The above description of the converter 200 is based on an actual exemplary implementation. It should be noted that several devices of the converter circuit mentioned can be exchanged by other equivalent devices. For example, the optocoupler including a phototransistor and a light emitting diode can be replaced by any other device being able to convert an electrical input signal into a light signal and further having any kind of a photo sensor for detecting the generated light. The photo sensor may, upon detection of generated light, generate electric energy itself or alter the electric current flowing therethrough. Therefore, for example, the photo sensor might be a be a photo resistor, a photodiode, a phototransistor, a silicon-controlled rectifier (SCR) or a triac, the device being able to convert an electrical input signal into a light signal might be a near-infrared light emitting diode (LED). In general, in various embodiments, a galvanically isolated element or galvanically isolated structure, component or device may be provided for transferring signals from one side of the converter 200 to the other side of the converter, e.g. transformers, optocouplers, piezotransformers, coreless transformer circuits and the like.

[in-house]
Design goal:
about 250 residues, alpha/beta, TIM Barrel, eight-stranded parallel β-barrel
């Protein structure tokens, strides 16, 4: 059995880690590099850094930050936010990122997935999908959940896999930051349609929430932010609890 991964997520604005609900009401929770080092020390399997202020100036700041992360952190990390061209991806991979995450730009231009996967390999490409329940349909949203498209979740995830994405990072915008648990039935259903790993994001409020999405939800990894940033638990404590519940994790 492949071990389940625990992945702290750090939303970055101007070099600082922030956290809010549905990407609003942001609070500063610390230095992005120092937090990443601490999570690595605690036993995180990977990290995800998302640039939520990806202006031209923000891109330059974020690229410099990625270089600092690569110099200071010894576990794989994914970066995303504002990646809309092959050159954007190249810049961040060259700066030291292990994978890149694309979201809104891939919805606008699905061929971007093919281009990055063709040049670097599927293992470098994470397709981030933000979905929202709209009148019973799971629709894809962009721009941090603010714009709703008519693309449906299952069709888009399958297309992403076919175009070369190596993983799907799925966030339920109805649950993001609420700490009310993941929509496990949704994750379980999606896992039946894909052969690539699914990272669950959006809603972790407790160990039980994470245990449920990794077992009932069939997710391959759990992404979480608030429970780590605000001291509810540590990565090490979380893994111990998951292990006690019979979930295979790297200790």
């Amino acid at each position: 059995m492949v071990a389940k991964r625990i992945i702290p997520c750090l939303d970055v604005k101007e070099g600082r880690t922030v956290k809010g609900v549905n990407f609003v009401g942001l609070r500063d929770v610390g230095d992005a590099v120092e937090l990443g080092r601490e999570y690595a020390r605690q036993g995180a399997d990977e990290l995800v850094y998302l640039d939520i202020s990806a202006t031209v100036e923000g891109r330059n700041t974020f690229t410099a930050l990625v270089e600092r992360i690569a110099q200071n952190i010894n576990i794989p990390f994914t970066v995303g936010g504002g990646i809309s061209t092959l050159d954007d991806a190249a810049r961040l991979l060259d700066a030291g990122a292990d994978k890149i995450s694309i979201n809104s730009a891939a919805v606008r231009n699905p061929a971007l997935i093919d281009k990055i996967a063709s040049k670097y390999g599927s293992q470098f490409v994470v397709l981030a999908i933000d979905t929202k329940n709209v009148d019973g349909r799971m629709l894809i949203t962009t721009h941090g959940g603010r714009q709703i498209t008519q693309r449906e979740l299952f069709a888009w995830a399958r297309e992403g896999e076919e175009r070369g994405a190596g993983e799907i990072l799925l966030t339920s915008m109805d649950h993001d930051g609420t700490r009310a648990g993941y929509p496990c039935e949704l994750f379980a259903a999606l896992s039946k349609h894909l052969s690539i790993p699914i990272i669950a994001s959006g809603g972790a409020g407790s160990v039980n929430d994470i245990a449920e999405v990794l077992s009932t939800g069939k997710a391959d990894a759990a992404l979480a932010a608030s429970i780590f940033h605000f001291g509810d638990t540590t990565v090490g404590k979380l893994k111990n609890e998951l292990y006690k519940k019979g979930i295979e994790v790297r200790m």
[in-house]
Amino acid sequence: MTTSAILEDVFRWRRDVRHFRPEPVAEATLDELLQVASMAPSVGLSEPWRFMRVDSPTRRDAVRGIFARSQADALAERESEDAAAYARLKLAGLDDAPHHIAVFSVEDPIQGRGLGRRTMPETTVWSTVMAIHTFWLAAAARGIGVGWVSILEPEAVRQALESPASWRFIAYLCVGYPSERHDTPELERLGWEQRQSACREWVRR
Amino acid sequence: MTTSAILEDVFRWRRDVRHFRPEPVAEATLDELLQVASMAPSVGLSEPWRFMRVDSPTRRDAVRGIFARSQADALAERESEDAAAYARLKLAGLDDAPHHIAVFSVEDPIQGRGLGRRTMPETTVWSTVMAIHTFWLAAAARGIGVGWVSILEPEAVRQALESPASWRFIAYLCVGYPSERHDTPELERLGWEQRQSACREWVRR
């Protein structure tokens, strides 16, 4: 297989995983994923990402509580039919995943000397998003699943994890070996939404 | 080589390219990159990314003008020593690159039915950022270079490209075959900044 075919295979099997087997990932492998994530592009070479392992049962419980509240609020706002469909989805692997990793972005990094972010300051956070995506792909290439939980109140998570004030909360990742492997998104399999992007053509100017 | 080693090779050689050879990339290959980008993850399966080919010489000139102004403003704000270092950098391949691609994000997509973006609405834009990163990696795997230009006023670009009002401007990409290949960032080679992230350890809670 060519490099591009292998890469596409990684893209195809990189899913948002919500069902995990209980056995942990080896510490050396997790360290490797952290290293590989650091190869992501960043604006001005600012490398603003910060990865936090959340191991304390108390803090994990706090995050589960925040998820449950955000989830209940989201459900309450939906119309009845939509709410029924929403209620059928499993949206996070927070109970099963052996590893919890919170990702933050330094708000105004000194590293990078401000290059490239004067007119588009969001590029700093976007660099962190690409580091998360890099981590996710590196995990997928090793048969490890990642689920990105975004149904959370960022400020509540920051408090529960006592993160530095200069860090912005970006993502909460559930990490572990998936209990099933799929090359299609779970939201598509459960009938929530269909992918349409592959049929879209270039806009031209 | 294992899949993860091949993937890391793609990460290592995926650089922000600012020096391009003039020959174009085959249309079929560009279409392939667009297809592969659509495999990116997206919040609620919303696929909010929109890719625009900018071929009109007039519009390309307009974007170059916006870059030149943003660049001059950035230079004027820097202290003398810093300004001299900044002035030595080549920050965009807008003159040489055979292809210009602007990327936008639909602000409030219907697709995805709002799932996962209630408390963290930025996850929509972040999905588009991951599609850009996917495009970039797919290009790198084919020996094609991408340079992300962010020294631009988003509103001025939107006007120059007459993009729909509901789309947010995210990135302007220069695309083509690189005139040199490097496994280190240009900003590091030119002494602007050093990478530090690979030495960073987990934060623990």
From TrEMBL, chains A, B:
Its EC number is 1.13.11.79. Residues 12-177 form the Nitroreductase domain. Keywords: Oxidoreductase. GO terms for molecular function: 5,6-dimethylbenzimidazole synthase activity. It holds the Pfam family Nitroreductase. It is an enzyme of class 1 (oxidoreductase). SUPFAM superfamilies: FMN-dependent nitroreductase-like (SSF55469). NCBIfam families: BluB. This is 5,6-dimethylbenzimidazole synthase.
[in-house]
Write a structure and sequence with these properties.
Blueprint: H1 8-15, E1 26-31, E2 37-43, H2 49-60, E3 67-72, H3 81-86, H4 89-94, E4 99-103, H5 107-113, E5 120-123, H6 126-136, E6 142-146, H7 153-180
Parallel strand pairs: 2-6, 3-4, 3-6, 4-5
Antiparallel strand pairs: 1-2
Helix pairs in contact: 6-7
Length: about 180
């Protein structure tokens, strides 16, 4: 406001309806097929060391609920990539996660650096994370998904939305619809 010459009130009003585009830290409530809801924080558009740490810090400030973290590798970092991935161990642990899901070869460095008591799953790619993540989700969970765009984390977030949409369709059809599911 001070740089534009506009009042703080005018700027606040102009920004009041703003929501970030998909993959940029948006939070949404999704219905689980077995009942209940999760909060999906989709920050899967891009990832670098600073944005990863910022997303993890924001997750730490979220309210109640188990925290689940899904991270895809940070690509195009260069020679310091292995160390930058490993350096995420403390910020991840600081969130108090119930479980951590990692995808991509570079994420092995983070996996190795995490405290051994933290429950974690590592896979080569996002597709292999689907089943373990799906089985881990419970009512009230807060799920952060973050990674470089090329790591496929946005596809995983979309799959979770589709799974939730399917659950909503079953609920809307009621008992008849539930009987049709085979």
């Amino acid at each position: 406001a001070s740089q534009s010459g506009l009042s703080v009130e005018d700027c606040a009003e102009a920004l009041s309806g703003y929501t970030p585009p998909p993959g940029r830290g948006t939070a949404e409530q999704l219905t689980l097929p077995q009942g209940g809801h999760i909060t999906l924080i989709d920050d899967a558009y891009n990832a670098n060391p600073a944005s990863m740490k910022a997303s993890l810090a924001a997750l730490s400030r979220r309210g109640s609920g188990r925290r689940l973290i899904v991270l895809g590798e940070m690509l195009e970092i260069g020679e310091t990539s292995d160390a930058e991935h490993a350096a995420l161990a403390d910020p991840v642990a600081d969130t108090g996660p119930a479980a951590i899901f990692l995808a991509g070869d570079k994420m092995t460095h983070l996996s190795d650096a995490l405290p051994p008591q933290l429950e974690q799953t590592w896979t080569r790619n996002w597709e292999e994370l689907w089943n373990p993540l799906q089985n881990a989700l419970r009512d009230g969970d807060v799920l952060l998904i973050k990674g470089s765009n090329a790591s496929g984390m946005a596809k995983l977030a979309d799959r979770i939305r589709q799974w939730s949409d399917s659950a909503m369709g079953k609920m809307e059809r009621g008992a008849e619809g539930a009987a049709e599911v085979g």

The transistors used in the exemplary embodiment of the converter 200 include BJTs (bipolar junction transistors), whenever contacts are labelled emitter, collector and base, and MOSFETs (metal-oxide-semiconductor field-effect transistor), whenever contacts are labelled drain, source and gate. It should be noted that devices referred to as transistors in the course of the description can be replaced by equivalent switching devices that can be used to switch and/or amplify electronic signals. In the specific example of the converter 200 according to various embodiments shown in FIG. 2, the first transistor T1, the second transistor T2, the third transistor T3, the fifteenth transistor T5 and the sixth transistor T6 are formed as n-channel enrichment MOSFETs. The seventh transistor T7 is formed as a n-channel depletion MOSFET and the fourth transistor T4 is formed as a npn bipolar transistors.

In the following, the functionality of the converter 200 will be described with focus on the functionality of the start-up circuit 2150. It is to be noted that the specific design of the whole circuit displayed in FIG. 2 is only one possible of very many embodiments and therefore it shall not be viewed as limiting concerning the general concept of the converter according to various embodiments. The examples and embodiments described are for illustrative purposes only and various modifications or changes in light of the general concept of the converter according to various embodiments are to be included within the spirit of this application and scope of the appended claims.